________________ CM . . . . Volume VI Number 2 . . . . September 17, 1999

cover Bloomability.

Sharon Creech.
London, UK: Macmillan Children's Books (Distributed in Canada by McClelland & Stewart Inc.), 1998.
213 pp., cloth, $17.99.
ISBN 0-333-72202-7.

Subject Headings:
Boarding schools-Fiction.

Grades 5 - 8 / Ages 10 - 13.
Review by Joan Marshall.

**** /4


"You don't use a hook?" Guthrie said. "No bait?"
"I'm not really fishing for fish," I said.
"Oh!" he said, wrapping me in a sudden hug. "You're a very interesting person, Domenica Doone."
Interesting? Had he said interesting?
"And you, Peter Lombardy Guthrie the Third, are such the best."
And, because it seemed that that needed some sort of follow-up, I kissed his such-the-best cheek.
That day, I fished for all of Switzerland, for every piece of it I had seen and everyone I had known there. I even fished for Lila. And then I fished for my father, my mother, for Crick and Stella and the baby. I fished for Grandma Fiorelli and Aunt Grace and Aunt Tillie.
When school finished at the end of May, I'd be going home.
Thirteen year old Dinnie's migrant family, led all over the United States by her father's always positive "opportunities," allows her to spend a year with her aunt and uncle while they run an international boarding school in Switzerland. Although Dinnie loves her unusual family and misses them badly while she is away, she takes the "opportunity" to visit a foreign country. Only too well does she understand what it means to be the stranger at a school, and she struggles along with everyone else to learn Italian, hoping the legacy of her Italian grandmother will help. As Dinnie gradually makes a place for herself and makes friends with the enthusiastic Guthrie, she also begins to understand the extravagant Lila. She faces some very real fears and starts to see more clearly her path in life. As the school year ends, Dinnie returns to her American family with a more solid understanding of the possibilities that are open to her.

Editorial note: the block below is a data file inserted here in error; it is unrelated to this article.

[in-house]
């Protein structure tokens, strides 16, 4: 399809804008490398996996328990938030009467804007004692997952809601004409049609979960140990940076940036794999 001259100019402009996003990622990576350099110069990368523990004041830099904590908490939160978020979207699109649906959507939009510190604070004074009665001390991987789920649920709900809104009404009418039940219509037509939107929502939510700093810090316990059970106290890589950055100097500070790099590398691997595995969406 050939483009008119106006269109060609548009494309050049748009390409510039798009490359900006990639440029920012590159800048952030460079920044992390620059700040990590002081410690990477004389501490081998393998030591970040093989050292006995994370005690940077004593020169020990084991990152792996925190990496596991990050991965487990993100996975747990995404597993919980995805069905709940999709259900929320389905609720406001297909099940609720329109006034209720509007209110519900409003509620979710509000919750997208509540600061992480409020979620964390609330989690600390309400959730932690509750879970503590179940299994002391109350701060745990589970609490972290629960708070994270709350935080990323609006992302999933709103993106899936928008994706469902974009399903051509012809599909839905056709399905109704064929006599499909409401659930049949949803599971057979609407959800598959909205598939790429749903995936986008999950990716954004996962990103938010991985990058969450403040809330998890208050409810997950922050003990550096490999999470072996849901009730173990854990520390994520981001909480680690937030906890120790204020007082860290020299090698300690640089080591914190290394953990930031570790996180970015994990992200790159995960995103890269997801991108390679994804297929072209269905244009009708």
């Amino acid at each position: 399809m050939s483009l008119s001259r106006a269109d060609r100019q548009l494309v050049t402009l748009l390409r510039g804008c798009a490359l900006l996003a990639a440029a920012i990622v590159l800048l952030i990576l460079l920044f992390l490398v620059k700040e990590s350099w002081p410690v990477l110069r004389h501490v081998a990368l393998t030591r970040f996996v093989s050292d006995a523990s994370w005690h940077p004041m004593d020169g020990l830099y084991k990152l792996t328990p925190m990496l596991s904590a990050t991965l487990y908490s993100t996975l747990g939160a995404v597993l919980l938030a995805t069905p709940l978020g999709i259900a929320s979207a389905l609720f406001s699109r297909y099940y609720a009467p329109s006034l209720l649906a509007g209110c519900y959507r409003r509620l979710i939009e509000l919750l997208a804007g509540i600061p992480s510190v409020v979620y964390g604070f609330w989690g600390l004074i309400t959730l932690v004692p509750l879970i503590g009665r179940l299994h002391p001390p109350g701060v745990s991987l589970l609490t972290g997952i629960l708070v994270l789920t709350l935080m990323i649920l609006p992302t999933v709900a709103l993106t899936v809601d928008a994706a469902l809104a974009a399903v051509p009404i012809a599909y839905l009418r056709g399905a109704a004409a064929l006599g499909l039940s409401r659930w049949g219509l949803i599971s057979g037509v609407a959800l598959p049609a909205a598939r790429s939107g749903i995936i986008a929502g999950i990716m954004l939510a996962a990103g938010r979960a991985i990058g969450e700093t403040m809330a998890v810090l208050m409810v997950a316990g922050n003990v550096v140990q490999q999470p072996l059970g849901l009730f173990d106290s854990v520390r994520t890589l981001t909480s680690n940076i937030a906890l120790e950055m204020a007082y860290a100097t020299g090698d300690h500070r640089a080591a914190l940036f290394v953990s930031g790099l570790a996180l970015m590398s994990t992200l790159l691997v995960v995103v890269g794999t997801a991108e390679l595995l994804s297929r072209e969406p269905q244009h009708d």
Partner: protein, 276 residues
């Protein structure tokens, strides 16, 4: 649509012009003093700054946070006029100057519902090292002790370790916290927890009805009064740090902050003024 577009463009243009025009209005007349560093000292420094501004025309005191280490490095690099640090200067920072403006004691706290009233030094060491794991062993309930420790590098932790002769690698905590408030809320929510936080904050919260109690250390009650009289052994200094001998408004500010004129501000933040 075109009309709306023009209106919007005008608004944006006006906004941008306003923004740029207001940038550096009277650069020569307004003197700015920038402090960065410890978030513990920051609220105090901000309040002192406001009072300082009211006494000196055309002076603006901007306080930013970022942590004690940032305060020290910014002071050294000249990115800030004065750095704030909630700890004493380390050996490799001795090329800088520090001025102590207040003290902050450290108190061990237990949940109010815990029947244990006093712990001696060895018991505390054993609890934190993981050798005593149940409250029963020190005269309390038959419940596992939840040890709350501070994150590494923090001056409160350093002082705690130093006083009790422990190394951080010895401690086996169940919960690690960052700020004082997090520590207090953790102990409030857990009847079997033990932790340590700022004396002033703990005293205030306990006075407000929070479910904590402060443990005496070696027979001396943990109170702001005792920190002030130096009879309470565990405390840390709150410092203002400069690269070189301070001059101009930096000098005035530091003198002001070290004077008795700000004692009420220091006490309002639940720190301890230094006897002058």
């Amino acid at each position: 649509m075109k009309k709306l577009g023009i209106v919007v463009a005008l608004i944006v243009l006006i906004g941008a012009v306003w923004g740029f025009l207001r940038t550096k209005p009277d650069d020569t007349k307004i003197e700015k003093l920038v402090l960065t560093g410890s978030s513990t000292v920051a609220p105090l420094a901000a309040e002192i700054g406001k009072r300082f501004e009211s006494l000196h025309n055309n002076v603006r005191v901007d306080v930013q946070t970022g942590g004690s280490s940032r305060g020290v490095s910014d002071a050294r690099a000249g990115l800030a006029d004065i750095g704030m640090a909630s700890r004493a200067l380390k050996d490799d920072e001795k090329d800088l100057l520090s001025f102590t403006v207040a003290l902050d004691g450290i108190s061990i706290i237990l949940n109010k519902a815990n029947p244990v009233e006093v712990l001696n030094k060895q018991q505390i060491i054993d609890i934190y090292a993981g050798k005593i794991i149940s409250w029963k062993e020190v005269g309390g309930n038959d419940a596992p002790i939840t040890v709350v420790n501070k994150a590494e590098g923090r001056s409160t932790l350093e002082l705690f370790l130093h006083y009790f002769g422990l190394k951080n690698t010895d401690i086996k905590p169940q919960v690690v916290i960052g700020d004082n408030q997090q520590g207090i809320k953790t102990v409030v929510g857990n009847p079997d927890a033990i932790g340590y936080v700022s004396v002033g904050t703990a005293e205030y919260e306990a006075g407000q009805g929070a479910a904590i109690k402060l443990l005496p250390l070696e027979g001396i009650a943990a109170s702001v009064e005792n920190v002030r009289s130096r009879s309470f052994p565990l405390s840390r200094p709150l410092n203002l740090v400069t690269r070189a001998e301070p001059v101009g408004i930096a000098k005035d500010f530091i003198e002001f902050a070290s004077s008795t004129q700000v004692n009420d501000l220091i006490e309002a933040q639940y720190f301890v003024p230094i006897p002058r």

This is an amusing, touching, real book. It is a treat to read a YA book in which the characters are facing problems that many ordinary kids face. Young readers will identify with Dinnie's homesickness, her struggle to fit in with the crowd while remaining true to her own values, and her serious thinking about the meaning of life. The themes of defining home and of seizing opportunity run through the book like a crystal river. The title refers to a mangled version of "possibility" as one of the foreign students tries valiantly to express how, in the clear air of Switzerland, everything seems possible or "bloomable."
      Everything has growth possibilities, like the blooming of flowers. Dinnie's dreams punctuate each chapter, showing readers her hopes and fears. Her aunts' postcards remind her (and readers) of her family back in the United States. The poignant absence of any real communication from her own immediate family makes the reader ache for Dinnie.
      The setting of Switzerland is overwhelmingly beautiful, as if it really is a heaven in which anything can happen. The book revolves through a school year with an avalanche as the only dangerous or exciting plot twist. The real plot is the slow growth of Dinnie's thinking that blooms as the book progresses.
      Middle schoolers will love this book because it's funny and it's all about school and friends and growing up when you're not sure you want to. Adults will love it, too, for its lyrical language, its sudden insights, and its bloomability. Sharon Creech has written a great book. As Guthrie would say, "Fantastico!"

Highly Recommended.

Joan Marshall is the teacher-librarian and enrichment facilitator at Henry G. Izatt Middle School, Fort Garry School Division, Winnipeg, MB.

To comment on this title or this review, send mail to cm@umanitoba.ca.

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Published by
The Manitoba Library Association
ISSN 1201-9364